Odorizzi knows it's time to stop everybody from talking about his future and become a part of the present.
"It's not something you want to be forever," said Odorizzi. "You want to be in a spot where you can contribute. Now is the time I'm getting my opportunity. I want to make the most of it."
Lately, Odorizzi has done just that.
With Tampa Bay's rotation hit with injuries to Jeremy Hellickson to open the season, Matt Moore a week into the season and Alex Cobb two weeks into the season, Odorizzi has been given his first extended opportunity to pitch at the big league level.
And Odorizzi is finally showing signs of living up to the advanced billing. He followed up five shutout innings on Friday against Cleveland with six more scoreless innings in a 2-0 victory against the Mariners in Seattle on Wednesday afternoon.
"He has a better game plan," said manager Joe Maddon. "He knows what he wants to do before he goes out there, and [the key is] he follows it well once he does go out there."
There were initial struggles this season. After pitching six shutout innings against Texas in his first start of the year, Odorizzi went 0-3 in his next five starts, allowing 21 earned runs in 21 2/3 innings, and the Rays lost all five games.
That's not what is expected from a prospect who was the 32nd player taken in the 2008 First-Year Player Draft, a key part of the package Milwaukee had to give up to acquire Zack Greinke from Kansas City, and the pitcher Tampa Bay was adamant had to be included in the deal when it shipped James Shields and Wade Davis to the Royals.
Odorizzi knows it.
And while nobody is talking about it, what Odorizzi is aware of is that there's a rotation decision looming in St. Petersburg. Alex Cobb is about to begin a rehab assignment, which means in another week or two, a spot in the rotation is going to be created.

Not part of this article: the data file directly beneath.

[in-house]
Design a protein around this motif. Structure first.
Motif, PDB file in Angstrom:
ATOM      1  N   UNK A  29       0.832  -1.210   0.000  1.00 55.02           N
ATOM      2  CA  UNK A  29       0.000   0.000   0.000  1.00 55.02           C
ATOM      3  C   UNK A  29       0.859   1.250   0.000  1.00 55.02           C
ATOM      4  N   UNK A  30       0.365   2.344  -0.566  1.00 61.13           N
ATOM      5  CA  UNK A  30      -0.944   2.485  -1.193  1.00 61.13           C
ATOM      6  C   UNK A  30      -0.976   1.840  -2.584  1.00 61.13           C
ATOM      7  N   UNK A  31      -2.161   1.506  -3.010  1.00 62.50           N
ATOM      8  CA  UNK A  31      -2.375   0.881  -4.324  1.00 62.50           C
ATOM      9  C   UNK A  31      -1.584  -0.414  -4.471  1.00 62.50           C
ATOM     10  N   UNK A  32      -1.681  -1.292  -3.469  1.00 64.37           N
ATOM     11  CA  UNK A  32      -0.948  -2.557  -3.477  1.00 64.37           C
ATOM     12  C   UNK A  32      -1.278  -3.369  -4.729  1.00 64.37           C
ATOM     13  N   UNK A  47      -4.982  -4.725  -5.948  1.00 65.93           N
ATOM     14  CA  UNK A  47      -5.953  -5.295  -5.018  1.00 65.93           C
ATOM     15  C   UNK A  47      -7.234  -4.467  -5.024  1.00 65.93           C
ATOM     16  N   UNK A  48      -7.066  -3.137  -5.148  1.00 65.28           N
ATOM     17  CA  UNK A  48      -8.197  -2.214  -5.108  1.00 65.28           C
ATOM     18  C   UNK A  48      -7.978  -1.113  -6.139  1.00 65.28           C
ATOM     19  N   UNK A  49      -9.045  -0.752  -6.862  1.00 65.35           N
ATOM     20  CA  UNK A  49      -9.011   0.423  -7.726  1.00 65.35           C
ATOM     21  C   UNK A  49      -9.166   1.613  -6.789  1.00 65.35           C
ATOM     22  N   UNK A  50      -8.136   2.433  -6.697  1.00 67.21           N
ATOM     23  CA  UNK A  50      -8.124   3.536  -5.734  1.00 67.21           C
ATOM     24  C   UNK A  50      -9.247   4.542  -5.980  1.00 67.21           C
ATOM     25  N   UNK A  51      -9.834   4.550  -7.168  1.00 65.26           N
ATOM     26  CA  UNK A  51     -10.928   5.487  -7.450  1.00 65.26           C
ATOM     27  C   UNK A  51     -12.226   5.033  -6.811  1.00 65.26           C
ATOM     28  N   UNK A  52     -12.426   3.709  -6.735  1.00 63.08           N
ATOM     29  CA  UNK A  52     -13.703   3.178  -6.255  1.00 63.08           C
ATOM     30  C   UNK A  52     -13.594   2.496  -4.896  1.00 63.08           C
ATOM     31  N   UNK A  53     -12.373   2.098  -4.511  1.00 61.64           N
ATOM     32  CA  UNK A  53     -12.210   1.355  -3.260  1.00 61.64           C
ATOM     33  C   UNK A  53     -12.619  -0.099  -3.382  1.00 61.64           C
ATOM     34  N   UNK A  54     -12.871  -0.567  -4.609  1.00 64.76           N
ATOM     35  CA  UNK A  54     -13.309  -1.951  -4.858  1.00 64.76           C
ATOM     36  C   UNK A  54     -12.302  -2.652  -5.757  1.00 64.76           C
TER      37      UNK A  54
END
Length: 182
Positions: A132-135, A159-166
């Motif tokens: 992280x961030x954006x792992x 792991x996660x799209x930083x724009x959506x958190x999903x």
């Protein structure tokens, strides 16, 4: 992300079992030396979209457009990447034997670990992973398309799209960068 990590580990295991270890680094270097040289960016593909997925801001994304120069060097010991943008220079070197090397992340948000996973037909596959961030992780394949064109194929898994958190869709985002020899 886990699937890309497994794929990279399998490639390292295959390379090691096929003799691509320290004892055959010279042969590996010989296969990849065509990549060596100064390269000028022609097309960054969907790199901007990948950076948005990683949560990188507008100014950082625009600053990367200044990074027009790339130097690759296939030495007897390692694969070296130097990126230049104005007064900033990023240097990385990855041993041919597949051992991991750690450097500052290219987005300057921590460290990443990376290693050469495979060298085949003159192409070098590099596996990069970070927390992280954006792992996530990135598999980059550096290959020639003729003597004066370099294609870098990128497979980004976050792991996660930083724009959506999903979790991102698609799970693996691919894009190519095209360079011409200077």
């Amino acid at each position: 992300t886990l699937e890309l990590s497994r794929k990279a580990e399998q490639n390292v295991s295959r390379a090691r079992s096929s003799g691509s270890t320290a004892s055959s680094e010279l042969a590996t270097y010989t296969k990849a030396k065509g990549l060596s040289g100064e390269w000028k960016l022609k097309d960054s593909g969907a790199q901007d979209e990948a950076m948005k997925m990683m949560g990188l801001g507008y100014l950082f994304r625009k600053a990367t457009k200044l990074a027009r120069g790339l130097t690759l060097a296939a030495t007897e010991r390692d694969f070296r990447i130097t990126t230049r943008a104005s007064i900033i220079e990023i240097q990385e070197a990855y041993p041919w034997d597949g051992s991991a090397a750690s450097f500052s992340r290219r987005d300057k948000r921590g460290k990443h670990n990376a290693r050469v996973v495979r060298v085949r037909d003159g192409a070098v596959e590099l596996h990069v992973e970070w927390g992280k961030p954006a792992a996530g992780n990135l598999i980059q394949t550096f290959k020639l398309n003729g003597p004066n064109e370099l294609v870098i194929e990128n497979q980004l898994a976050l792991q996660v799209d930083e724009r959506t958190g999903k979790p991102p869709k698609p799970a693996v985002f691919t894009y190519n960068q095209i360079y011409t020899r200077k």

It's not going to be David Price, whose second complete game of the season produced a 2-1 victory against the Mariners on Tuesday night. Price struck out 12 without issuing a walk, the fourth time in franchise history (including twice by Price) a pitcher has struck out at least 12 without a free pass.
Odorizzi and Chris Archer were in the season-opening rotation, which might give them an edge, but in-season additions Erik Bedard (2-1, 3.38 ERA) and Cesar Ramos (1-2, 3.71 ERA) have made a case for themselves in their starting opportunities.
That's why the last two starts have been significant for Odorizzi.
"It is encouraging to see the results starting to come," he said.
Odorizzi has started to show that he fits now. He's shedding the label of being someone who can help in the future.
"When you are a prospect, you have not done anything yet," he said. "It's nice to have some results and get things going, and become an everyday Major League pitcher."
Maddon couldn't agree more. He was as impressed as anyone with the potential of Odorizzi when the Rays swung the deal at the Winter Meetings in December 2012. Odorizzi was, after all, ranked among the top 50 prospects in baseball in 2011, '12 and '13.
But Maddon knows results, not the potential, are what counts. And he knows the tag of being a prospect can be counterproductive.
"Part of my philosophy as a Minor League coordinator was I never wanted a player to think of himself as a prospect," said Maddon, who himself was an undrafted player whose playing career consisted of four seasons at the Class A level. "It insinuates a guy is going to have a little bit of leeway. Maybe it comes from being a grunt and having never even been drafted myself."
There's no maybe about Odorizzi reaching a point of realization that he needed to step his game up. He and pitching coach Jim Hickey had some "get serious" talks prior to his start in Cleveland last Friday, and the last two starts have given a strong indication that Odorizzi was listening.
It was evident on Wednesday when despite not having command of his curveball to throw strikes, Odorizzi continued to throw the pitch on occasion.
"Even when I am not throwing strikes with it, hitters have to track the pitch," he said. "It's slow and breaks. It's a different look. I have to use all four pitches. I can't abandon one because it's not working."
That's all a part of the evolution of a prospect into a big leaguer.